« Last Edit: November 06, 2017, 05:41:50 PM by all4peace »

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practical

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Re: If you give a mouse a cookie (or a PD parent a "reason")
« Reply #15 on: November 06, 2017, 07:48:20 PM »
Thank you for clarifying. I'm so sad for you that this is the father you got. Did you ever happen to read the book Adult Children of Emotionally Immature Parents? I found it incredibly helpful. It does help detachment quite a bit, to realize that a lot of this may be simply a disability rather than outright malice or hostility.
This is one of the books that really helped me too, especially with detaching and becoming an observer rather than a headless actor in the drama of my parents life. I see F as mentally ill or as you put it having a disability, it doesn't mean I want to be around him and expose myself to more hurt. Outsiders, who don't have the shared history don't get triggered by him, also he tries to control himself somewhat more around outsiders, so outsiders are now who he has "relationships" with.
ďIf Iím not towards myself, who is towards myself? And when Iím only towards myself, what am I? And if not now, when?Ē (Rabbi Hillel)

"I can forgive, but I cannot afford to forget." (Moglow)

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Bloomie

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Re: If you give a mouse a cookie (or a PD parent a "reason")
« Reply #16 on: November 06, 2017, 07:59:21 PM »
all4peace - just weighing in some thoughts from my own experiences with similar circumstances... to me this is possibly strategic and targeted behaviors by your parents to regain the one up position in the relationship with you where you are required time and again to explain and reexplain and justify your position/boundaries/healthy responses to abusive behaviors.  Making you do that weakens your position and dilutes the clarity of your true and honest messages to your father and mother.

In my own experience, this type of exchange was not to resolve anything, but to see if I would jump through the same old hoops of fire over again and eventually capitulate. Because for oh so very long... it worked.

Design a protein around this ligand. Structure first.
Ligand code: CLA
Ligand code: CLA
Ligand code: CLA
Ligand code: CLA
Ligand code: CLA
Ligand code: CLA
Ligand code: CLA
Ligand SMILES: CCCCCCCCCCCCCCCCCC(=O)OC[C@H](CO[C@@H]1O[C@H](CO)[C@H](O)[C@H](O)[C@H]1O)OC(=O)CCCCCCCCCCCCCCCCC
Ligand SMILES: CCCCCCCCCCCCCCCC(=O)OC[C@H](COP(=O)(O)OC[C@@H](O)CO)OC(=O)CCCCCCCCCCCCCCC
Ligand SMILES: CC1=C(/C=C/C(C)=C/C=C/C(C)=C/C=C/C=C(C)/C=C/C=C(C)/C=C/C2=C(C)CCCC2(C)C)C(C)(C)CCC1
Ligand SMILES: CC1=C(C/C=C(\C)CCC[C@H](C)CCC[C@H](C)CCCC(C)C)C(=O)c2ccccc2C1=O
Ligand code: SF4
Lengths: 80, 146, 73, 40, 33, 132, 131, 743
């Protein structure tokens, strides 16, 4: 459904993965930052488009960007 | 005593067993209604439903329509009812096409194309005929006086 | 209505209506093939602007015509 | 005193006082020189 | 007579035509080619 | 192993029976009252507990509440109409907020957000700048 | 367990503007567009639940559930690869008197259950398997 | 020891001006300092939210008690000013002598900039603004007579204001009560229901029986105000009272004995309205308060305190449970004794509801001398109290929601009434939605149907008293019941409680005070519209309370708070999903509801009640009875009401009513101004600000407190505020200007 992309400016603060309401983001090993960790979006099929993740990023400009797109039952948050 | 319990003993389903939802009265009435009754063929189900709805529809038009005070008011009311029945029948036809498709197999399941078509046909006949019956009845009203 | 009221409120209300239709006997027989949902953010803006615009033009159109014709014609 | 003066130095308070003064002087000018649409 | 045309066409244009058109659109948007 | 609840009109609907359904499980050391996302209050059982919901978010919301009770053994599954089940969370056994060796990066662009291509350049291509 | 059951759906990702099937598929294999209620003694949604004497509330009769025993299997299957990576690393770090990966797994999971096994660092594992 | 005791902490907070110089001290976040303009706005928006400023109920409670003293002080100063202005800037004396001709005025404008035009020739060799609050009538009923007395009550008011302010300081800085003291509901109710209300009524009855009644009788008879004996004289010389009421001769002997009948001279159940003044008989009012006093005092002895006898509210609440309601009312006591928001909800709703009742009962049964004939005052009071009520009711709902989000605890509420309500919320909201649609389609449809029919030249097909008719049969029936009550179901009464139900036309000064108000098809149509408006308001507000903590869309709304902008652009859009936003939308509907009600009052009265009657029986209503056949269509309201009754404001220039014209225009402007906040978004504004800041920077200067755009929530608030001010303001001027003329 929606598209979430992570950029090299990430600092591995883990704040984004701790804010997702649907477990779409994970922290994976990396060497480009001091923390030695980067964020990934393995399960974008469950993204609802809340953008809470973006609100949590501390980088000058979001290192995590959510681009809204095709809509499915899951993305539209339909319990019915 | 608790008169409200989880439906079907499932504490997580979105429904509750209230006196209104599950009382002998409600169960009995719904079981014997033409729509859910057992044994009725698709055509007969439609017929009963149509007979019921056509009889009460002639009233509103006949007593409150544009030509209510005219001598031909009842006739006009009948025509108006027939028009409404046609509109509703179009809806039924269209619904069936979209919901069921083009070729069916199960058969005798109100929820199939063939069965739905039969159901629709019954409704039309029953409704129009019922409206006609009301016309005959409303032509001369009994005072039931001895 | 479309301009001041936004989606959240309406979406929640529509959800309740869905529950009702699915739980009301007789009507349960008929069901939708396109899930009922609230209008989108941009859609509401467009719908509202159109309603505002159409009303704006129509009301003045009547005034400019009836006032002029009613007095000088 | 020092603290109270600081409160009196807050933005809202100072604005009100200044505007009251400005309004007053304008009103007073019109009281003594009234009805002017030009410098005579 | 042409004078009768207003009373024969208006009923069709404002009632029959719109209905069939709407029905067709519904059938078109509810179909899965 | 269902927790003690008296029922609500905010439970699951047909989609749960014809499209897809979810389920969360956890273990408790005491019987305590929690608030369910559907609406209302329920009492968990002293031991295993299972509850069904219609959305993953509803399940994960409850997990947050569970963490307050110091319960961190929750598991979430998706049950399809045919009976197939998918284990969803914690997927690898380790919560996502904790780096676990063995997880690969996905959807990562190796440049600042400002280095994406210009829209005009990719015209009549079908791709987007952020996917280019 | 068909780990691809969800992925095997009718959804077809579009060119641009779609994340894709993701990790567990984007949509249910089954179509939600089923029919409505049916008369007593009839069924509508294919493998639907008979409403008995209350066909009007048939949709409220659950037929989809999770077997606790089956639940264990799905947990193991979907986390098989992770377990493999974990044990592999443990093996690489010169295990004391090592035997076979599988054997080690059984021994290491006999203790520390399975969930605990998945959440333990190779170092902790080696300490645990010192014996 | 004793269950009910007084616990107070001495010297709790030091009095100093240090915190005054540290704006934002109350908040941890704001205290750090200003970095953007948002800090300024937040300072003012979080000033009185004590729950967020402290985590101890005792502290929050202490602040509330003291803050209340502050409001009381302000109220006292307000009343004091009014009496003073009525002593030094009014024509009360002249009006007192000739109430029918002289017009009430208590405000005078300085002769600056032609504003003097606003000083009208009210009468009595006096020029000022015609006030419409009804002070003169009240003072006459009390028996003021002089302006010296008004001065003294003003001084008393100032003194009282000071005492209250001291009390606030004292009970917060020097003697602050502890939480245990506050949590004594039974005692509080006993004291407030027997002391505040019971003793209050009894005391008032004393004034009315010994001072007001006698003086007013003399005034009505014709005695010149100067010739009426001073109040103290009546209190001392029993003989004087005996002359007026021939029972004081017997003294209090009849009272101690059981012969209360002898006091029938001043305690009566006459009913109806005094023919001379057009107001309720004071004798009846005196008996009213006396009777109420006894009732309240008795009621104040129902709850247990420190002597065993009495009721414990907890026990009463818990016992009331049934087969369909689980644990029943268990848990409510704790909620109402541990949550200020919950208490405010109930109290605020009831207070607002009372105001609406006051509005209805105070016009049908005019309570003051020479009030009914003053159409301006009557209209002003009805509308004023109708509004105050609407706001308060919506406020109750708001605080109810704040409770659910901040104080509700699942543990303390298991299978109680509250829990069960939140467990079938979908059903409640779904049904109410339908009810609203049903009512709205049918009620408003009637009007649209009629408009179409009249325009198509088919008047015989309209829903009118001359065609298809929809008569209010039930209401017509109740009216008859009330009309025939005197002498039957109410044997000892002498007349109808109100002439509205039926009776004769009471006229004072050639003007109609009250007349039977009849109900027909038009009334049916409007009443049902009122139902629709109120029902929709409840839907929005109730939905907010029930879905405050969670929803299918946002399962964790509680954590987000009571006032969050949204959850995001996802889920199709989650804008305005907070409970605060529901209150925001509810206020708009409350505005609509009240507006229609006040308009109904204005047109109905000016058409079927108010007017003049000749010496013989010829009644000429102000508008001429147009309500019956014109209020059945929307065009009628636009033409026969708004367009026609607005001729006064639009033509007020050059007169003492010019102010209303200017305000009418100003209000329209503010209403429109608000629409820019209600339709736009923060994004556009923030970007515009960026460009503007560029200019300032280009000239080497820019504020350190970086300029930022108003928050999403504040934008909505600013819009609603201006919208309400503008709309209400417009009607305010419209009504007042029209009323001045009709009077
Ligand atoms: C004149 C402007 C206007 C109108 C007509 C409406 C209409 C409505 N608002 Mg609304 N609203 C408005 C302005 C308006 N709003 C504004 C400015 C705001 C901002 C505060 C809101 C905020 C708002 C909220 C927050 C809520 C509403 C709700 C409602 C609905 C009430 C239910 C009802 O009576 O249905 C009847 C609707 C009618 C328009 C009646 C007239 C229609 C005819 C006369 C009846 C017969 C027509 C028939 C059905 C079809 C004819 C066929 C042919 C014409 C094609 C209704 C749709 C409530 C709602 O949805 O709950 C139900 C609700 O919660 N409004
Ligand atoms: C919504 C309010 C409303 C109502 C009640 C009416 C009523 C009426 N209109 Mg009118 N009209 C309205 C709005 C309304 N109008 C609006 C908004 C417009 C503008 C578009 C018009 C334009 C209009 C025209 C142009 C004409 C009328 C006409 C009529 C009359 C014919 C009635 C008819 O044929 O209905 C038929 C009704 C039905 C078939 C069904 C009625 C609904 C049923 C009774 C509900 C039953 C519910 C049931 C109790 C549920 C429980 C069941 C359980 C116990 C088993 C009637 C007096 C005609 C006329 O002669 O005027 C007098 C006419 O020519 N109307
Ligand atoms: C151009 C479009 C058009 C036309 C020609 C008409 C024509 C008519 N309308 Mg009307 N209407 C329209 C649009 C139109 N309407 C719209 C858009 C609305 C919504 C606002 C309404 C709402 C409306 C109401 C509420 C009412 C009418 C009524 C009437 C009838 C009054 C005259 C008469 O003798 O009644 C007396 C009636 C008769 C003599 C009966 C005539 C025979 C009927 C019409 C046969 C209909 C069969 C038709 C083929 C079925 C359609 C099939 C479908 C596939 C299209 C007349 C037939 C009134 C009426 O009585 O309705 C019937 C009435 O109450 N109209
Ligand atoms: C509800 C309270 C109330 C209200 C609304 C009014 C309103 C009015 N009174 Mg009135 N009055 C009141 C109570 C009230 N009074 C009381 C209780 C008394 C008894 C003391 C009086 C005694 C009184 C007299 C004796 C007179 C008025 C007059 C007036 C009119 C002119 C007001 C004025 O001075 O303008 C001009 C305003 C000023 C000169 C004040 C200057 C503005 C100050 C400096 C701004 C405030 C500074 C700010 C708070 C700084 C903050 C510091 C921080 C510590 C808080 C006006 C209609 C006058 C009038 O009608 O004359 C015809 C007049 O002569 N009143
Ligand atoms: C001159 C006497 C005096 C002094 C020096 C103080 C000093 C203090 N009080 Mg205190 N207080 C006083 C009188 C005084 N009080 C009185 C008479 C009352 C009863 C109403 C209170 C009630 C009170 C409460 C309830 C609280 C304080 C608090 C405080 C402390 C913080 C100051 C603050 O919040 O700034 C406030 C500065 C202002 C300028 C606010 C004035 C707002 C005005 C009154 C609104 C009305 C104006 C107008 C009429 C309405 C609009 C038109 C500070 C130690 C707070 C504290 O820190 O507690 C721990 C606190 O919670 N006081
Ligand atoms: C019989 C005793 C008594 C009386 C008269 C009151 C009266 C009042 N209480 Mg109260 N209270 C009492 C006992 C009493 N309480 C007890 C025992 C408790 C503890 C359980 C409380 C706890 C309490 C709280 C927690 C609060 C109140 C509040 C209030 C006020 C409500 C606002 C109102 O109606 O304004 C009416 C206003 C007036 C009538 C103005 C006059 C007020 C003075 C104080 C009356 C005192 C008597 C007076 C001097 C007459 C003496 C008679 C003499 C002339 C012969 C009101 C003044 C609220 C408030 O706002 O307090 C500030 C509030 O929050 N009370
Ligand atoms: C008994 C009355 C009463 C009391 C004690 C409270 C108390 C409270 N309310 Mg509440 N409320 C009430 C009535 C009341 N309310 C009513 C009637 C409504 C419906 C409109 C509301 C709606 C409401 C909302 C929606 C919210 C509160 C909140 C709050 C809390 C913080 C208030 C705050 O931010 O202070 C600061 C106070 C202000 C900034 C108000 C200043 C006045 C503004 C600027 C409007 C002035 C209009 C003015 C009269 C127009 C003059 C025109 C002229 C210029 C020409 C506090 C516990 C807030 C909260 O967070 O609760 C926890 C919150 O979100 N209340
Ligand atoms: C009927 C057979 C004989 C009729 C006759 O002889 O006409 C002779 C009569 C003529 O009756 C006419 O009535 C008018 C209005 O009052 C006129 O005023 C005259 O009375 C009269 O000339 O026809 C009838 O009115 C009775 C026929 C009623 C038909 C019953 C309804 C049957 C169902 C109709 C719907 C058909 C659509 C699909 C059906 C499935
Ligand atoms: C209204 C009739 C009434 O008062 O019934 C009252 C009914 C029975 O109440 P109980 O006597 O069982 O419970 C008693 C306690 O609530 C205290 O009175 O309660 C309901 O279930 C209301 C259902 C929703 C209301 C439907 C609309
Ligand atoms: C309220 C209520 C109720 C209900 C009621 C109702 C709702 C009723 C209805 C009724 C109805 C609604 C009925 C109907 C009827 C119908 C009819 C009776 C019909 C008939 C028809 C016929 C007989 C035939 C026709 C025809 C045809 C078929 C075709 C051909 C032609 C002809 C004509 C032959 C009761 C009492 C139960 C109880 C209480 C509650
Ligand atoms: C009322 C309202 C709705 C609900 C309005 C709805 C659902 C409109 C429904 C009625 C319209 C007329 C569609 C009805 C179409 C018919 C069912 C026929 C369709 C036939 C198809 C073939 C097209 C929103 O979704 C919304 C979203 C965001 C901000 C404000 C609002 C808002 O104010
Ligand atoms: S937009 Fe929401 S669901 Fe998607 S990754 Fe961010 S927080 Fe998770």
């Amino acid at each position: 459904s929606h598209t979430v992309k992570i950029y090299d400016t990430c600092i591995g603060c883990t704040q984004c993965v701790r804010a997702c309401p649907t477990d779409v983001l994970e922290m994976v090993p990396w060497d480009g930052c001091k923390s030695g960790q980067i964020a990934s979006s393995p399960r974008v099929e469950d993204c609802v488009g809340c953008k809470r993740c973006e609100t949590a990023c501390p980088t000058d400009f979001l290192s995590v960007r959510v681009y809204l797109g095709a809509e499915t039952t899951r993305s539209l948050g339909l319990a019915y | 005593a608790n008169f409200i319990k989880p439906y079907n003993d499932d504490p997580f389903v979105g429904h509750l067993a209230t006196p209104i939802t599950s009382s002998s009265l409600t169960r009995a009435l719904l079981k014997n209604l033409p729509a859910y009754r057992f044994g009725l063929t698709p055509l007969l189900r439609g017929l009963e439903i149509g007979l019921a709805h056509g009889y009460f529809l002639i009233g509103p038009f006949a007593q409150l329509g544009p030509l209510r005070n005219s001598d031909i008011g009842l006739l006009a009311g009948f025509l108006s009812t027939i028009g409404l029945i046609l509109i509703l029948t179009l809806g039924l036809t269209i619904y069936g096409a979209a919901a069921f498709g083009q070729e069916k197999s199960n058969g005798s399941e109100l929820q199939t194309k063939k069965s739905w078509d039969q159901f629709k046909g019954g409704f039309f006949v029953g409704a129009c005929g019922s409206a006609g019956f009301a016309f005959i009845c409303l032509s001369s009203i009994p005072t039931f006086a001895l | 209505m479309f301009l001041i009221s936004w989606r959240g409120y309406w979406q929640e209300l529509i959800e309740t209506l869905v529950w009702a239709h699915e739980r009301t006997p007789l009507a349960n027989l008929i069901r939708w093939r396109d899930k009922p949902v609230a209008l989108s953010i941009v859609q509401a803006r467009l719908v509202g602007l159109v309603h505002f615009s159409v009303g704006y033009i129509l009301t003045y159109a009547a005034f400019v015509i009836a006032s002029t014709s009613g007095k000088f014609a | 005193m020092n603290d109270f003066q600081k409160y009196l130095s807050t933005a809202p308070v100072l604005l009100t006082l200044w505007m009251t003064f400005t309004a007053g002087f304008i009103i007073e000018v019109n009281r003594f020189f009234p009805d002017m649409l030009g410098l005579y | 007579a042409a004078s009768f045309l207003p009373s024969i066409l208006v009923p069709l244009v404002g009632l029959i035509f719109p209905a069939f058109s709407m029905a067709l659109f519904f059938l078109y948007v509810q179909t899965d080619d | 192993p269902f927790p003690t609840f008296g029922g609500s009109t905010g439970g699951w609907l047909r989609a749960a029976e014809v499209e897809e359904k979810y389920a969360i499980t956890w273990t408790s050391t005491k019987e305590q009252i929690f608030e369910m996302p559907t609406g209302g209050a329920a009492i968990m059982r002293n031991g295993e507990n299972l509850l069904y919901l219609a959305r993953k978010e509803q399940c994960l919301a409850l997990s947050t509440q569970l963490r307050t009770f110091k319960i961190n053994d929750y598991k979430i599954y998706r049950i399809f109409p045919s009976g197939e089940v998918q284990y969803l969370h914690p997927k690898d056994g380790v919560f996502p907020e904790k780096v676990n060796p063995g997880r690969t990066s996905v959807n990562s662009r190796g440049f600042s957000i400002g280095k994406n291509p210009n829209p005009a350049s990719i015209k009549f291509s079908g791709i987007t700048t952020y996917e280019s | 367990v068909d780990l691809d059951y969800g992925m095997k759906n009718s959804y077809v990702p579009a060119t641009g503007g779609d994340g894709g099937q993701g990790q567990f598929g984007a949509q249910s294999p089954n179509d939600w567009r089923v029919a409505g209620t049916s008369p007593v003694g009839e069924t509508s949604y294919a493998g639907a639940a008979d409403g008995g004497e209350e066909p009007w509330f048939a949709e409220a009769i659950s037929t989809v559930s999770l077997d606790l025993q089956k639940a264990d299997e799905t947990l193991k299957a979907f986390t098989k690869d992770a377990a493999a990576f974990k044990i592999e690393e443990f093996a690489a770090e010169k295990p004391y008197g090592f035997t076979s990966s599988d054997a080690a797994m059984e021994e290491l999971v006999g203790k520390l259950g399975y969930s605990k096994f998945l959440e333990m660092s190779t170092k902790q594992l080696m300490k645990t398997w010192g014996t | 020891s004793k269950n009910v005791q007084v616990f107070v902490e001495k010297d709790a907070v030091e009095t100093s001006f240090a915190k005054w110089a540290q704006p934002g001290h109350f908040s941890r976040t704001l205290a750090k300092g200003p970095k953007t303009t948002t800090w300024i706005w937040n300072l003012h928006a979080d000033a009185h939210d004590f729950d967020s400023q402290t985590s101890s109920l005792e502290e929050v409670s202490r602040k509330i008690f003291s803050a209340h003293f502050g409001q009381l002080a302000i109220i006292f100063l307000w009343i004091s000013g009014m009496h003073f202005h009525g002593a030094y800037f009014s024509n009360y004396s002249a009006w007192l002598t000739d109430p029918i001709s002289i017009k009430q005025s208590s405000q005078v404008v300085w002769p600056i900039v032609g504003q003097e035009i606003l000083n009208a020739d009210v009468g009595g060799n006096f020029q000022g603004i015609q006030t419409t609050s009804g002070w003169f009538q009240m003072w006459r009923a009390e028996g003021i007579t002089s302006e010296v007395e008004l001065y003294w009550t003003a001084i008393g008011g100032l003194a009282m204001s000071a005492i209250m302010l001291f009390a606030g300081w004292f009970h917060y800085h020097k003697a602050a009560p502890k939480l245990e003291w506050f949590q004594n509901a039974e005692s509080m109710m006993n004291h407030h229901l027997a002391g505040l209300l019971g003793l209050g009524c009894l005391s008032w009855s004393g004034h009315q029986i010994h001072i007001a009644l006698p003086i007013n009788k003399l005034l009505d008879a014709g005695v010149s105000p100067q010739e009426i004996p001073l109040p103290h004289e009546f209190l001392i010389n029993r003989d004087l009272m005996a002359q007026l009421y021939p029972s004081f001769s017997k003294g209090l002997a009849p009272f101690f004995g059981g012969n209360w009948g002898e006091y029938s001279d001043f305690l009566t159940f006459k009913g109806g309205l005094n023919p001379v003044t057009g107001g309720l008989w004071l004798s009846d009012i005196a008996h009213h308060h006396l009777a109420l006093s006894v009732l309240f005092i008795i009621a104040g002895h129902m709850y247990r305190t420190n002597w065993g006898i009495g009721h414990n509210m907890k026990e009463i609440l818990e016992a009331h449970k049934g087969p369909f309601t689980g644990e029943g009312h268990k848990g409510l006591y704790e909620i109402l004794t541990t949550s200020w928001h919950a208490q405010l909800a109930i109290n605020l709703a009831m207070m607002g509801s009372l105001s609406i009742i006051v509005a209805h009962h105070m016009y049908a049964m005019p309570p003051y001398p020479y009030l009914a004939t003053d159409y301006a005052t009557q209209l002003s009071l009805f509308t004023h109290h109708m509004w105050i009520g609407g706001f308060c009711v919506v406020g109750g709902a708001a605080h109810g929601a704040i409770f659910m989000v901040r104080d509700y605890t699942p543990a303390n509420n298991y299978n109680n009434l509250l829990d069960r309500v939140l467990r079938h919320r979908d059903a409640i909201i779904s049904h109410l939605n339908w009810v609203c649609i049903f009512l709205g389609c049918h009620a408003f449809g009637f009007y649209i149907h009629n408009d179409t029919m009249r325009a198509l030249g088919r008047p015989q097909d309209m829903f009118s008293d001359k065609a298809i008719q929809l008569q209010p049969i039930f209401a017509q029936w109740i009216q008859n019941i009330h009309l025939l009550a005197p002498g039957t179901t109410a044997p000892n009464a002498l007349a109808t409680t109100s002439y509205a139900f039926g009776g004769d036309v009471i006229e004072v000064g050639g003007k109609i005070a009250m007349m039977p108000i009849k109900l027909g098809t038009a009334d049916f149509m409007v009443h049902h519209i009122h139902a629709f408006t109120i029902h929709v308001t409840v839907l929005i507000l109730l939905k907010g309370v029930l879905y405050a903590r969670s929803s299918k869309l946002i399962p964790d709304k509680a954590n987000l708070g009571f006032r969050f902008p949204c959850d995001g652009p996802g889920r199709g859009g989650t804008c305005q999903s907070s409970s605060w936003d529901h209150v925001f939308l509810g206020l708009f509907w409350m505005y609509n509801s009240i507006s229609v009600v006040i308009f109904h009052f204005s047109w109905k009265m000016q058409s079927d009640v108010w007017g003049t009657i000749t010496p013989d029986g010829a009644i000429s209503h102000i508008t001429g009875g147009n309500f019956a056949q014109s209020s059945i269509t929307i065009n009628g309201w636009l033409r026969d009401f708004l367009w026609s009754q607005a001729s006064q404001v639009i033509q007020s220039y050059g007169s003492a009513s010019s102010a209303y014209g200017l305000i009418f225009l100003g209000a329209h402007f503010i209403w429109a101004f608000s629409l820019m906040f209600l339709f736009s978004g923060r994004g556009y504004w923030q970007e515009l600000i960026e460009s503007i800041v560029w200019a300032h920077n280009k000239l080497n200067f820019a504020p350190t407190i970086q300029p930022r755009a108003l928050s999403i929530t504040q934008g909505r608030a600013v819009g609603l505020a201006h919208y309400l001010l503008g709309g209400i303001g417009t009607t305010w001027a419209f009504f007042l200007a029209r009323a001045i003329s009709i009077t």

My T gave me the best advice with something like this saying... say what you need to say, one time, and then move on. There is no need whatsoever to repeat yourself. :yes: You have graciously told your father what the issues are from your perspective. He can act on that information or not and adjust his behaviors and make amends accordingly. His choice.

From this exchange you can move forward with your life and live out  - as Spring Butterfly so wisely suggests - the person you are right now, today in relationship with them. You do not need to tell your father that if he ever raises his voice to you and verbally abuses you again you will do.... whatever it is you will do. You do not need to even respond to your mother's invalidating and insulting text... let's all just be careful and kind to each other...  :barfy: you are already and kind and considerate person and you know that about yourself so there is no need to respond unless you want to. The next time your mom opens her mouth and a big fat lie comes out you may choose to call her on it... and the next time... and the next time.. and you know what? She can either stop lying or deal with it if that is what you need/choose to do. You get to be 100% you in the relationship and you do not have to give a single solitary inch of yourself over to people who have treated your loving and tender soul with such selfish and callous regard!

The problem may be... they don't get to define the problem any longer or impose the solution and stack it on your back as they once did. Here all4peace... carry our crap around for us so that a we are not uncomfortable. Unnn Uh! No thank you! They don't get to smash into your heart and soul and life and do and say as they please and plead confusion and convenient amnesia.

A father screams at his adult daughter to the point of her pleading with him to stop and then gives her the ST and when later confronted with this abusive behavior his response is audacious and shameless as he tells her she should've gotten over it more quickly.  :aaauuugh: